Shares of Smith & Wesson Holding Corp. dropped Friday after the gun maker said dealers are cutting back on gun orders and posted an outlook for its fiscal second quarter that fell short of Wall Street forecasts.
THE SPARK: The company said Thursday that its fiscal first-quarter net income dropped by half from the same period last year. Its outlook for the current quarter, which ends in October, was also weaker than analysts had expected because of cautious orders from gun dealers.
Smith & Wesson expects to only break even in the August-October quarter, with revenue ranging between $97 million to $102 million. Analysts polled by Thomson Reuters had forecast earnings per share of 11 cents on revenue of $115.5 million.
THE BIG PICTURE: A year ago, firearms sales jumped to a quarterly company record as gun buyers stocked up because of worries about potential new gun control regulations. The company said its dealers and distributors are now ordering more cautiously and keeping inventories tight because of the uncertain economy.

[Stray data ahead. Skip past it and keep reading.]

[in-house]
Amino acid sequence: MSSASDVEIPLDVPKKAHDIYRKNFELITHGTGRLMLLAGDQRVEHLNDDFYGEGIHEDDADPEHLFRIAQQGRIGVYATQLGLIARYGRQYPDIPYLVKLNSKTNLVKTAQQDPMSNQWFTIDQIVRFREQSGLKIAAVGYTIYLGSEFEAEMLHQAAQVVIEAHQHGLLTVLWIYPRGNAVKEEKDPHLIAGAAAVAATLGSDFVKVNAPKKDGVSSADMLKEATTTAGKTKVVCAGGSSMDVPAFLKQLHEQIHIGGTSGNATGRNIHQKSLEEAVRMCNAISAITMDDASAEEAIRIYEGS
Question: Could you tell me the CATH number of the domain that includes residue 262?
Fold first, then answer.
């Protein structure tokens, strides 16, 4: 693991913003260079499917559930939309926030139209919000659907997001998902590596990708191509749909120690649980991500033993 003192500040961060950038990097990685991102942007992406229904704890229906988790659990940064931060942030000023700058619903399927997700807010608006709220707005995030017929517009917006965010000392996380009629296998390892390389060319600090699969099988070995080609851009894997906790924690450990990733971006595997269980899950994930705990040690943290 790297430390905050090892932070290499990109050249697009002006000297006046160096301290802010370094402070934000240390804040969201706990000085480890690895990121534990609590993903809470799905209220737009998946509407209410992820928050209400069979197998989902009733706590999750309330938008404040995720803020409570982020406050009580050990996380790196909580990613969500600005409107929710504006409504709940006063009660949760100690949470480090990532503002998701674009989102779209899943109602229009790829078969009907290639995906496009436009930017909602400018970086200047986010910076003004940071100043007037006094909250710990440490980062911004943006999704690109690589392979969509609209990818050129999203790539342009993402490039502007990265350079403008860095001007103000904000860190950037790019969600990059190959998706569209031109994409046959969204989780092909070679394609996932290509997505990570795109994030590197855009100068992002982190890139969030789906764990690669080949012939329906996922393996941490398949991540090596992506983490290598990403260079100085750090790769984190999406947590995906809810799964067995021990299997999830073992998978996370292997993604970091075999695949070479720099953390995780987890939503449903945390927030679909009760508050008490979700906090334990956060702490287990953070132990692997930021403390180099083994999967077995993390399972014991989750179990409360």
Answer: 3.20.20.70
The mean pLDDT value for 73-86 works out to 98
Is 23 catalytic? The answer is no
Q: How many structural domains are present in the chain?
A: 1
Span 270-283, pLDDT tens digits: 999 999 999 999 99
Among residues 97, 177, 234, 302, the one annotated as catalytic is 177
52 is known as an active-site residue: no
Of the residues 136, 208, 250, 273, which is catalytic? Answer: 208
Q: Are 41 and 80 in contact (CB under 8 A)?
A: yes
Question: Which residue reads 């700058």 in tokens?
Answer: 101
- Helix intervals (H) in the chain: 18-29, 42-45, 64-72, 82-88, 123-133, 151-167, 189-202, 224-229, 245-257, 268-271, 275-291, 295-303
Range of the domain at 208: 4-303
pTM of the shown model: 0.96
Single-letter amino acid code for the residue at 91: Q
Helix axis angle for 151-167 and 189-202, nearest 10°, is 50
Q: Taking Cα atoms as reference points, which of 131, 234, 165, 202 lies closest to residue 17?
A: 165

THE ANALYSIS: While Smith & Wesson posted an outlook for the current quarter below analyst expectations, it maintained its revenue forecast for the year. Analysts remain upbeat about longterm prospects and cited the popularity of new products, "Bodyguard" pistols and revolvers which are designed for people with a permit to carry a concealed handgun. The new guns, introduced in July, are sold out through December, helping offset the steep slump in sales of other firearms.
SHARE ACTION: Shares dropped to a 52-week low of $3.53 in early trading. At midday, the stock remained down 34 cents, or 8.6 percent, at $3.62.